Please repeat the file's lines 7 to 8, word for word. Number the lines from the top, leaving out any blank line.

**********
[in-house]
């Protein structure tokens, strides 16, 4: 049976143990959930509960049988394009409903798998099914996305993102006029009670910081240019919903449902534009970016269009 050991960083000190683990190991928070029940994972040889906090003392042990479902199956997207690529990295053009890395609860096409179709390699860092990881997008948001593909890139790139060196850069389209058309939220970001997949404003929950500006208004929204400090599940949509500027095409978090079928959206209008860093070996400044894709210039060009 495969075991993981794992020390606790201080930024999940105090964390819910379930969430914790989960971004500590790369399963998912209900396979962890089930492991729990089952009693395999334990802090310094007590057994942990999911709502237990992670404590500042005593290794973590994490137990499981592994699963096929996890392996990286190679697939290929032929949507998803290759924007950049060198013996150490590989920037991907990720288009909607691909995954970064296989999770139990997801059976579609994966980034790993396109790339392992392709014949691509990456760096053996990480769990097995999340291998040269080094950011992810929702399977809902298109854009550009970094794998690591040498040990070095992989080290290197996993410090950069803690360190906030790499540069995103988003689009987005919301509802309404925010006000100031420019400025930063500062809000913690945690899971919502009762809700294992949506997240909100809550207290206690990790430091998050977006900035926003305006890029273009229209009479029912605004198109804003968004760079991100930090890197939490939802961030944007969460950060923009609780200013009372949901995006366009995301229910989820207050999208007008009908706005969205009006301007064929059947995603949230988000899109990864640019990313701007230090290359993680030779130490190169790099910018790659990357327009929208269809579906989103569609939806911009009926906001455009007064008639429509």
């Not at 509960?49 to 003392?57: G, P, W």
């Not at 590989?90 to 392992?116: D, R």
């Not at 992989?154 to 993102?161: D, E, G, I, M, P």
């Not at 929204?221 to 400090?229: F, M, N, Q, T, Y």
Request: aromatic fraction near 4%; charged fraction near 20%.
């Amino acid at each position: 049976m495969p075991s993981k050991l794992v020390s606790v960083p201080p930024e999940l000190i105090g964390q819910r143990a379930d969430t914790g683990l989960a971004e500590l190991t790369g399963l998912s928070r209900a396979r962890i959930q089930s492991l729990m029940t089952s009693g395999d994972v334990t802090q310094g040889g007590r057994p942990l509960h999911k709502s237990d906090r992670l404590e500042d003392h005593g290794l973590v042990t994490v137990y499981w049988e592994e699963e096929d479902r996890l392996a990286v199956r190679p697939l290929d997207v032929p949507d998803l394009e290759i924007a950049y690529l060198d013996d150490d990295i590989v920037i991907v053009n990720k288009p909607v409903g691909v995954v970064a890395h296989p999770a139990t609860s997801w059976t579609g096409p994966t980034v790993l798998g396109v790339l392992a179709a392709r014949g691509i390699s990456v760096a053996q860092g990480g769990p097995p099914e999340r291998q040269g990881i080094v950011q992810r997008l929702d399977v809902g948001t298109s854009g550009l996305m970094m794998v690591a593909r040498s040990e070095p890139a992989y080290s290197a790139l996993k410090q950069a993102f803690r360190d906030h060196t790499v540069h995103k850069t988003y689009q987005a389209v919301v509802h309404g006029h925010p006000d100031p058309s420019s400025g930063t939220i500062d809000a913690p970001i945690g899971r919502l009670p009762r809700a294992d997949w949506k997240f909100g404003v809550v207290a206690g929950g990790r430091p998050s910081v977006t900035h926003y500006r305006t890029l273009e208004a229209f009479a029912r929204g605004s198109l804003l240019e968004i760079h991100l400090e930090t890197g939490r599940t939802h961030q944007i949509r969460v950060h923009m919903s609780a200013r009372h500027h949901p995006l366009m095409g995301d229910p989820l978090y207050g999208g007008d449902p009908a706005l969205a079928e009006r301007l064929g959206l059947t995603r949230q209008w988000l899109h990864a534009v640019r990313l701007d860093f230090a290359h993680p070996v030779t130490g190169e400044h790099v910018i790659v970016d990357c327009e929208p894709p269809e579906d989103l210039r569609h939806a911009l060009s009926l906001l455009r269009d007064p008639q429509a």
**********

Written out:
Request: aromatic fraction near 4%; charged fraction near 20%.
């Amino acid at each position: 049976m495969p075991s993981k050991l794992v020390s606790v960083p201080p930024e999940l000190i105090g964390q819910r143990a379930d969430t914790g683990l989960a971004e500590l190991t790369g399963l998912s928070r209900a396979r962890i959930q089930s492991l729990m029940t089952s009693g395999d994972v334990t802090q310094g040889g007590r057994p942990l509960h999911k709502s237990d906090r992670l404590e500042d003392h005593g290794l973590v042990t994490v137990y499981w049988e592994e699963e096929d479902r996890l392996a990286v199956r190679p697939l290929d997207v032929p949507d998803l394009e290759i924007a950049y690529l060198d013996d150490d990295i590989v920037i991907v053009n990720k288009p909607v409903g691909v995954v970064a890395h296989p999770a139990t609860s997801w059976t579609g096409p994966t980034v790993l798998g396109v790339l392992a179709a392709r014949g691509i390699s990456v760096a053996q860092g990480g769990p097995p099914e999340r291998q040269g990881i080094v950011q992810r997008l929702d399977v809902g948001t298109s854009g550009l996305m970094m794998v690591a593909r040498s040990e070095p890139a992989y080290s290197a790139l996993k410090q950069a993102f803690r360190d906030h060196t790499v540069h995103k850069t988003y689009q987005a389209v919301v509802h309404g006029h925010p006000d100031p058309s420019s400025g930063t939220i500062d809000a913690p970001i945690g899971r919502l009670p009762r809700a294992d997949w949506k997240f909100g404003v809550v207290a206690g929950g990790r430091p998050s910081v977006t900035h926003y500006r305006t890029l273009e208004a229209f009479a029912r929204g605004s198109l804003l240019e968004i760079h991100l400090e930090t890197g939490r599940t939802h961030q944007i949509r969460v950060h923009m919903s609780a200013r009372h500027h949901p995006l366009m095409g995301d229910p989820l978090y207050g999208g007008d449902p009908a706005l969205a079928e009006r301007l064929g959206l059947t995603r949230q209008w988000l899109h990864a534009v640019r990313l701007d860093f230090a290359h993680p070996v030779t130490g190169e400044h790099v910018i790659v970016d990357c327009e929208p894709p269809e579906d989103l210039r569609h939806a911009l060009s009926l906001l455009r269009d007064p008639q429509a």